4. Surely, it is a rational decision to choose the UK’s foremost and well respected MORI to carry out a poll. We considered other options but felt MORI’s reputation would be an asset. They may like to know that they “fail polling 101”. The original poster offers no rational evidence for this assertion.

    5. As a Marketing professional, I notice something distasteful about the not so subtle prejudice against marketing in the casual dismissing of a professional study. Yes, I’m aware that the profession has a mixed reputation but Philosophers and Sociologists, are in no position to throw stones either. On a professional level, I would expect you to rally to the support of fellow professionals, undertaking quantitative research to support the defence of the secular freedoms which we have enjoyed to-date.

  15. Look, Julian seems to be getting flak here (and on the New Humanist blog), but the orginal posting had absolutely nothing to do with him. I didn’t discuss it with him, and I’m sure he doesn’t approve of my polemical style.

    I’ll reply to the more substantive stuff in a new post.

  16. Hamish MacPherson

    As a humanist, sometime philosophy student and one of the government officials such polls are intended to influence I’d like to add my two peneth.

    Even if the poll had been designed to address all of the above concerns it would still have limited use and wouldn’t be enough to turn policy. Of course as Julian says it’s about getting headlines and within the limited budget it’s done a fair job of getting to grips with a characteristically slippery/ nebulous constituency.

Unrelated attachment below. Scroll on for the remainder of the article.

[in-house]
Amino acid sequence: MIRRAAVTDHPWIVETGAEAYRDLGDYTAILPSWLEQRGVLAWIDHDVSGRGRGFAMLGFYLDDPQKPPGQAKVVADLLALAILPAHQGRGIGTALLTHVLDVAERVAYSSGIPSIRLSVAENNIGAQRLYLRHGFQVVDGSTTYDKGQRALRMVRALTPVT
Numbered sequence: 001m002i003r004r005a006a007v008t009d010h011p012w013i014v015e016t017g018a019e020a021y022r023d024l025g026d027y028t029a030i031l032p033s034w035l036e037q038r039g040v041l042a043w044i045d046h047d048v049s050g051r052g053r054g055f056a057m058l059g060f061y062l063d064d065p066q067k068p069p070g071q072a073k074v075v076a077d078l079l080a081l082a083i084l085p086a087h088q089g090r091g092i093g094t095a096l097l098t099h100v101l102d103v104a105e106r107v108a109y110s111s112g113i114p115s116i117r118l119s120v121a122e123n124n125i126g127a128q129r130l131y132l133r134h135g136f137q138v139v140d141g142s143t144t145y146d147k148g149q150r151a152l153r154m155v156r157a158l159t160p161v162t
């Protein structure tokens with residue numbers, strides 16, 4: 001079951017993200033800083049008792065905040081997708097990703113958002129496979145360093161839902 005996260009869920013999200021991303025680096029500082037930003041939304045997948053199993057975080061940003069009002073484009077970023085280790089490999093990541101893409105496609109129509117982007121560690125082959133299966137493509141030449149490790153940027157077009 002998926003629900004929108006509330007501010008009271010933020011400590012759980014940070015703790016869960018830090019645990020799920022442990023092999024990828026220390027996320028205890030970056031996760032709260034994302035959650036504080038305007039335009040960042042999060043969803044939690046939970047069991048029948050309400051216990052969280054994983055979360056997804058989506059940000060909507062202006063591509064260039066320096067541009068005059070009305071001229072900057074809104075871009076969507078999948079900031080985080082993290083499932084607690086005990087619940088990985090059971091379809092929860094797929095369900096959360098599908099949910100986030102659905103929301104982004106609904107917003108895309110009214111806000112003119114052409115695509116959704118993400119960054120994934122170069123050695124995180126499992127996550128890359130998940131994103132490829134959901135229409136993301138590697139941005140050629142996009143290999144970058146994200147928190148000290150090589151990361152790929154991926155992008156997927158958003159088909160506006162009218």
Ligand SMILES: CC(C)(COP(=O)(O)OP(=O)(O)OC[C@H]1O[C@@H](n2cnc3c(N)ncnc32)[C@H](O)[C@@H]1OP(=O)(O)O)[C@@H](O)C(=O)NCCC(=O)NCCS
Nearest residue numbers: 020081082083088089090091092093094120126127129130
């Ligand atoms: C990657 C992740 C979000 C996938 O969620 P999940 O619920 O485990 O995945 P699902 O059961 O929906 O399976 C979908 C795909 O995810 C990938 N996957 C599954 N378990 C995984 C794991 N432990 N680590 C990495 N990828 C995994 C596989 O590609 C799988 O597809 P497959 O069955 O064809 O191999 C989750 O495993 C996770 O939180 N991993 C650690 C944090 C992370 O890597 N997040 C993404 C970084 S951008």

I think it should be seen as a good starting point (of the kind that most lobbying groups have gone through) on which to build more robust research in the future.

    When Jeremy says “I’d have helped you put together a decent poll for no money, and I’m sure you could easily have found other sociologists also willing to help.” let’s take him up on his offer: Why not create a humanist social scientist group to accompany the humanist philosophers group?

    There are plenty of issues to get started on to allow governement and others to have a more nuanced understanding of religion and belief in today’s society than the census alone allows.

  17. It is a sorry state of affairs to see such slagging off of two groups with so much in common. It’s not disimilar to the debacle going on between Fatah and Hammas, each doing a better hatchet job on the other than any external force.
    I have never understood the absence of cohesion that exists between the BHA and the NSS.
    Can any one explain why they cannot join forces and pool whatever resouces are available to fight for a Secular Humanist body.

  18. What do you mean “two groups with so much in common”?

    I’m not a member of any group. And I have no desire to fight for a Secular Humanist body.

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  24. Jeremy Stangroom

    It has to be said that the BHA has a fine sense of irony.